You will also need to work out how much you want to make per hour to help you determine prices for your handmade items. Don’t forget to take into account things like the cost of materials and time spent buying materials too.
Once you have priced items, you can figure out how many things you will need to sell in a day in order to make the monthly salary you require for your living expenses and bills. Knowing how many items you need to sell in a day can also help you to plan your productivity levels, because you will also need to make a certain number of items a day in order to keep your shop, Web site, or craft table well-stocked.
2. Make a schedule
One of the hardest things about working for yourself is staying motivated. Being your own boss is not always easy. Getting up early in the morning can seem unnecessary since you’re already at your place of work. Getting dressed can seem pointless too. Why make an effort when no one is going to see you?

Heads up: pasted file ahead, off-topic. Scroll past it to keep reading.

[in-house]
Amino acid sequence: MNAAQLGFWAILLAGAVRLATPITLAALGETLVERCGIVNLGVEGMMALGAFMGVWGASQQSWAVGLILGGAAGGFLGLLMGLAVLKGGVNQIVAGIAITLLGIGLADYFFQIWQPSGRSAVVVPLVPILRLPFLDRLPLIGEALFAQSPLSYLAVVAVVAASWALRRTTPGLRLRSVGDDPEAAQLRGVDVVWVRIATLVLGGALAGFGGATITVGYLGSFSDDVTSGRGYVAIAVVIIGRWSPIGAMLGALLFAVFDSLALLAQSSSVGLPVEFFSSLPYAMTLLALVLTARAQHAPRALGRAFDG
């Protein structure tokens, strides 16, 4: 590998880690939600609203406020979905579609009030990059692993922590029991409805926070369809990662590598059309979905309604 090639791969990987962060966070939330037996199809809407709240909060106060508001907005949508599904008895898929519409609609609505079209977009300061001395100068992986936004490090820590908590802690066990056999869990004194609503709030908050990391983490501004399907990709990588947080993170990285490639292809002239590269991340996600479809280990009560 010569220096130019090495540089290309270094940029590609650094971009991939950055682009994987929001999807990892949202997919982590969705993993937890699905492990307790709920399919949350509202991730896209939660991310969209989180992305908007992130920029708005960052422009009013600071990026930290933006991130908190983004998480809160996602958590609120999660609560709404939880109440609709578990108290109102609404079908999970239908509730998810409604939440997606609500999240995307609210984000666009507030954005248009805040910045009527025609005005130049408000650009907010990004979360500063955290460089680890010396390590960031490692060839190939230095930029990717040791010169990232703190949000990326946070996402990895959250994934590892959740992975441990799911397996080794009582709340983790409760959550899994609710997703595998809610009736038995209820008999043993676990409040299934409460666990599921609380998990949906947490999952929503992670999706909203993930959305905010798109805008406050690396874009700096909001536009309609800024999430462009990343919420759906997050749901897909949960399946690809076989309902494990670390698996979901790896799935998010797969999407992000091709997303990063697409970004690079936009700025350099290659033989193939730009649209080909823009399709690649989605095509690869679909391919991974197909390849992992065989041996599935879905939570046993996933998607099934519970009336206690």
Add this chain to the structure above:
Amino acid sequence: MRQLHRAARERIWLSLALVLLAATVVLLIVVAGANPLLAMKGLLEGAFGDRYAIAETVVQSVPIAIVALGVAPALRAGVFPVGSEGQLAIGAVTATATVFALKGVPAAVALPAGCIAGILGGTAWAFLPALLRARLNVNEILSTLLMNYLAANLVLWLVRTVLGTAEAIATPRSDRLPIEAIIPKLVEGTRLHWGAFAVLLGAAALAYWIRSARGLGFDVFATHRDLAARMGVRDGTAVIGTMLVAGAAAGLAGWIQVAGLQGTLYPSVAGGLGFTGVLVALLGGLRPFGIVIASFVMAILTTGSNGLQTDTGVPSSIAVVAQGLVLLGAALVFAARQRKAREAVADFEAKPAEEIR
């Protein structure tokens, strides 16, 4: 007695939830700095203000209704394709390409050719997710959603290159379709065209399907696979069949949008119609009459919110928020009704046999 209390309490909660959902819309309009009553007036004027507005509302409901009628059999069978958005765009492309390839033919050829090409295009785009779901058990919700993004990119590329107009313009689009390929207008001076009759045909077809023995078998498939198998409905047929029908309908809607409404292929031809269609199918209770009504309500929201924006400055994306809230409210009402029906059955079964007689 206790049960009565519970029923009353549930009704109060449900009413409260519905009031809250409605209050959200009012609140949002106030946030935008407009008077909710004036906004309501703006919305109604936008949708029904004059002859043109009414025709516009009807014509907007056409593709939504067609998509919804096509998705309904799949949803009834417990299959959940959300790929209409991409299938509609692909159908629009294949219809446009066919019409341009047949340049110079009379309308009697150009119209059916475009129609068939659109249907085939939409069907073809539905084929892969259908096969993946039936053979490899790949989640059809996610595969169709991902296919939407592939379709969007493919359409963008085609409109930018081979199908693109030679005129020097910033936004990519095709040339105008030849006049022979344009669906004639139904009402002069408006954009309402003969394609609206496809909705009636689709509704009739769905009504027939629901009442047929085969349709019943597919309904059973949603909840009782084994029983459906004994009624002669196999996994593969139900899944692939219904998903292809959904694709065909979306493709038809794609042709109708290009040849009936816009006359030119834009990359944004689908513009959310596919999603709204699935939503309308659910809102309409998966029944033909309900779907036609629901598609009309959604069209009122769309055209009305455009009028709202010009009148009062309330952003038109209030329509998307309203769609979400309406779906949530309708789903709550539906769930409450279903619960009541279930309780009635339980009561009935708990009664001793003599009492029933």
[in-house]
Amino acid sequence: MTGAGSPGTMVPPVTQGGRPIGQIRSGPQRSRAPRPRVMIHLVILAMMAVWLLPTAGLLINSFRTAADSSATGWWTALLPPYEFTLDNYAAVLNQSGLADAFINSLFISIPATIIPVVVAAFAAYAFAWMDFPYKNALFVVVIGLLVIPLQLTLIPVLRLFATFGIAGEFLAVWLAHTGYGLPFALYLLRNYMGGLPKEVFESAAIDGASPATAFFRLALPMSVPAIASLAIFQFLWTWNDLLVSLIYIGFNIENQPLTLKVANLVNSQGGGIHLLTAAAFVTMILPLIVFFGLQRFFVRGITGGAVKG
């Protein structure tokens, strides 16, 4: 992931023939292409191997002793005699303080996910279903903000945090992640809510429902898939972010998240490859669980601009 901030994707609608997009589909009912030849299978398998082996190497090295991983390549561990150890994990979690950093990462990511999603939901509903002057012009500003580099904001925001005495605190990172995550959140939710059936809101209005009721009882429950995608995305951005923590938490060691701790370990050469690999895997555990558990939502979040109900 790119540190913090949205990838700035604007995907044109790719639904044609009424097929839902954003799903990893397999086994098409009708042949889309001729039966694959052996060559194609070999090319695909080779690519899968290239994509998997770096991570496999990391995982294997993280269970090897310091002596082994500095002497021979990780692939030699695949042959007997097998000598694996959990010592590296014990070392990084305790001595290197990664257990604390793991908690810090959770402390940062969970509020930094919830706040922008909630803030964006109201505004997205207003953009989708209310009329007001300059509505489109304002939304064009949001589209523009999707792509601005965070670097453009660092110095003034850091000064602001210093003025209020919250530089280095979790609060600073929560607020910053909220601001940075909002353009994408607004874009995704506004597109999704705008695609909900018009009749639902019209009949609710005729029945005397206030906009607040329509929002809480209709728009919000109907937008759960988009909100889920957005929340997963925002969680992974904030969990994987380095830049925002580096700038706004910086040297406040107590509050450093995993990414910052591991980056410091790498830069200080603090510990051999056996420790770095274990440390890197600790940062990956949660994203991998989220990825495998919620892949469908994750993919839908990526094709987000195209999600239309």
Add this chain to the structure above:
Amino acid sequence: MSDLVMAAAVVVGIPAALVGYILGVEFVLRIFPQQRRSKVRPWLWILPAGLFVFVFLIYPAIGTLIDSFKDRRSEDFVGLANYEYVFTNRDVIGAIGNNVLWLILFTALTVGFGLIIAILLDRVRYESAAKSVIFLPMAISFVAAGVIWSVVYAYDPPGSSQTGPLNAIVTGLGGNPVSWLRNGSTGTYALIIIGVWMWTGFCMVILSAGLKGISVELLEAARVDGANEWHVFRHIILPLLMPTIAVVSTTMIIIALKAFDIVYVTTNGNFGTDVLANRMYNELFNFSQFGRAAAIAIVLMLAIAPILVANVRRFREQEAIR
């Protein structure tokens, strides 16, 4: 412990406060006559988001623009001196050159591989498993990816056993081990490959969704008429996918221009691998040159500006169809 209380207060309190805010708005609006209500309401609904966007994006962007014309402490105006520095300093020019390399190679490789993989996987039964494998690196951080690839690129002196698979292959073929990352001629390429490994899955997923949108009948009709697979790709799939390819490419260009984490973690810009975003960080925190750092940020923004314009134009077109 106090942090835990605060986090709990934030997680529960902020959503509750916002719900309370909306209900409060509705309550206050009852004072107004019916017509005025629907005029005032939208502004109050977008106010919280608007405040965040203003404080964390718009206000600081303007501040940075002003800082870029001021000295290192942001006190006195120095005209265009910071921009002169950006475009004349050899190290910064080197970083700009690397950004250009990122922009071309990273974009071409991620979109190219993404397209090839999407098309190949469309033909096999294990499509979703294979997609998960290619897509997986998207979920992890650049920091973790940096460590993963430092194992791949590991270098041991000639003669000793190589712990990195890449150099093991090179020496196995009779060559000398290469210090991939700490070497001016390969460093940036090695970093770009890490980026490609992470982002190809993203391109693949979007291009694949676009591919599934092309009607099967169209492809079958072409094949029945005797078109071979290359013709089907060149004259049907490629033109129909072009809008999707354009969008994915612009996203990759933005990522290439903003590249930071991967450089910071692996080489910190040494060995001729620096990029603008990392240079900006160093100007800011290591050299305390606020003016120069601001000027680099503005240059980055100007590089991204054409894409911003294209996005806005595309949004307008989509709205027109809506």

First off you need a schedule. Yes, a schedule, as in a calendar. If you don’t plan out your workday, or at the very least plan a rough schedule for the week, you will find it difficult to get anything done. You, and only you, are responsible for every single aspect of this craft business and if you seriously want to make enough money to live on, you will absolutely need to whip yourself into shape.
One way to make a schedule is to choose certain days for certain tasks. For instance, you could reserve Monday to Thursday for creating new stock, Friday for listing that stock online, Saturday for going to the post office, and Sunday for marketing your business. This is just one example of how you can schedule your week. There are infinite options, of course, and you should choose whatever works best for you.
3. Eliminate distractions
Even if you plan to just operate online with your own website, Facebook page, or an Etsy shop, it’s important to stay focused. When friends and family learn you are working from home, they will stop by and interrupt you or ask you to do things for them. If you don’t have a long-term plan in place on how to deal with these interruptions, it’s going to be harder on you. You’ll also want a quiet place to work where you won’t easily be distracted or often interrupted. You don’t have to have an office but it helps if you can dedicate a specific area of your home to work.